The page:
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Everyone wants to fix Kentucky’s tax code, but no one quite agrees exactly what that means.

The Governors Blue Ribbon Commission on Tax Reform, led by Kentucky Lt. Gov.  (former Louisville Mayor) Jerry Abramson, will hold a hearing in Louisville tomorrow night from 6 p.m. to 8 p.m. at Highland Middle School’s Auditorium, 1700 Norris Place.

(To speak, you have to sign up BEFORE 6 p.m!)

We got multiple releases on this from one end of the political spectrum to the other, and from business groups and non-profits.

From the Center for Non-Profit Excellence:

The nonprofit sector has a number of priorities that align with the five core principles of the Commission: Fairness, Competitiveness, Simplicity & Compliance, Elasticity and Adequacy. Lessening the burden on low-income earners, like the state level Earned Income Tax Credit proposed by Kentucky Youth Advocates, is one such step that would make our Commonwealth both more fair and competitive.

Nonprofits relieve an enormous level of financial burden on state and local governments through the cultural, human services, educational and environmental work we perform. We also leverage governmental grants by bringing donations from individuals, foundations and businesses through integrated programs to improve society.

This is the release sent out to GLI members on June 27, encouraging business owners to use the three-minute slots to weigh in on changes they want to see:

But it is equally important that the commission members hear from business leaders like you! As an employer, you know first-hand how Kentucky’s tax code affects your ability to succeed and grow. We strongly encourage you to consider attending the public meeting and signing up to share your ideas on how we can increase our state’s competitiveness and encourage business investment.

Here are the GLI talking points, which pretty much go right down the political middle:

Revenue generation should not place a disproportionate burden on businesses – as a whole or by size or sector – and must be coupled with spending reforms, including:

  • Developing a sustainable system for state employee benefits, including health and retirement.
  • Reducing the fixed costs of rapidly-expanding budget areas, including Medicaid and corrections.
  • Streamlining government services, including consideration of consolidation and privatization.
  • Aligning and redeploying current state resources to priority investment areas, such as education and economic development.

Kentucky’s tax code should:

  • Encourage investment and business growth;
  • Be attractive to knowledge-economy employers and their employees;
  • Decrease the state’s over-reliance on personal income tax for revenue;
  • Provide a competitive advantage in attracting business and talent;
  • Provide more local revenue options for specific community development projects, which are limited in scope and term, and approved by local referendum;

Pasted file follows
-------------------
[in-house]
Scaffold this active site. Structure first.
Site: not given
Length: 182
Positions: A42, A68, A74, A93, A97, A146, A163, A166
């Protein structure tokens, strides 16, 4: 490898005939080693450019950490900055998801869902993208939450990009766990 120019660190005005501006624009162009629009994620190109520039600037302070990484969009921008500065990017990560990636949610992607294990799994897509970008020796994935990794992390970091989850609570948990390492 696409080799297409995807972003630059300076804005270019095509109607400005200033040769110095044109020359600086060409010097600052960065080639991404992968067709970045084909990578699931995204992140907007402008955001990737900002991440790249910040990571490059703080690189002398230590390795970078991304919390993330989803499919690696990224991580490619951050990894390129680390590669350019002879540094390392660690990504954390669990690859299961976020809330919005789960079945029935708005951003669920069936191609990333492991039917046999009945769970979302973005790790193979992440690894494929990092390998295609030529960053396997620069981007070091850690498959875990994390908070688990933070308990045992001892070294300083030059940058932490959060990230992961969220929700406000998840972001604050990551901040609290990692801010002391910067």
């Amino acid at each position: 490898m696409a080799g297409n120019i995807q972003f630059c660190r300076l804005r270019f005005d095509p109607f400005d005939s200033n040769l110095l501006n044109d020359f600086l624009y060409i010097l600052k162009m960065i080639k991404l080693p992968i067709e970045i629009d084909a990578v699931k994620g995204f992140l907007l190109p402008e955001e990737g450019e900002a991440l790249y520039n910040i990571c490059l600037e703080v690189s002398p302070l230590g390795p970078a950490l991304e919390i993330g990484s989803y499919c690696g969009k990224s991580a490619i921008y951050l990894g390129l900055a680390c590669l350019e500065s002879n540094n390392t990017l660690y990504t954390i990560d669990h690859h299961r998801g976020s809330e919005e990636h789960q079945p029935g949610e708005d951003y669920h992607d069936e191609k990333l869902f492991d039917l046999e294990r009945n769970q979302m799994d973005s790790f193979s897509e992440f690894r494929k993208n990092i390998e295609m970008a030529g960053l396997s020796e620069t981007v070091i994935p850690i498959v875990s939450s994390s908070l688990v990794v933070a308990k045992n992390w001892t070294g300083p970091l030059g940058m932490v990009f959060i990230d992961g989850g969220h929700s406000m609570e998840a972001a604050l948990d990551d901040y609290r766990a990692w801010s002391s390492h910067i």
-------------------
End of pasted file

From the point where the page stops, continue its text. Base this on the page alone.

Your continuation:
• Be simplified for ease of compliance and to reduce the cost of administration;
  • Generate revenue sufficient to meet the state’s necessary obligations and investment needs.
  • Take into account the interplay between state and local taxation.

To which we say, “Amen!”

Earlier this year, Governor Steve Beshear announced the 23-member commission would study the state’s wonky tax code, making recommendations for bringing it into the 21st Century by November 15.

The purpose of the commission is “to develop a set of recommendations to make Kentucky’s tax code more responsive to the ups and downs of the economy, as well as to make taxes more equitable for Kentuckians.”

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2 thoughts on “Blue Ribbon Commission on Tax Reform forum tomorrow night at Highland Middle School

  1. GLI’s recommendations are not “middle of the road.” There the middle of Grover Norquist’s driveway.

    Poor Kentucky families pay up to 8 or 9% of their income in state taxes, while the richest Kentucky families typically pay under 5%. Many rich Kentucky families have Delaware corporations that pass most of their income through as dividends, resulting in even lower tax rates for them. Not many poor people have organized themselves in Delaware. Kentucky’s tax code is regressive, that’s why it needs reform. It’s simply not fair. (Also, notice our state is broke, that’s because poor people are running out of money.)

  2. GLI’s recommendations are not “middle of the road.” There the middle of Grover Norquist’s driveway.

    Poor Kentucky families pay up to 8 or 9% of their income in state taxes, while the richest Kentucky families typically pay under 5%. Many rich Kentucky families have Delaware corporations that pass most of their income through as dividends, resulting in even lower tax rates for them. Not many poor people have organized themselves in Delaware. Kentucky’s tax code is regressive, that’s why it needs reform. It’s simply not fair. (Also, notice our state is broke, that’s because poor people are running out of money.)

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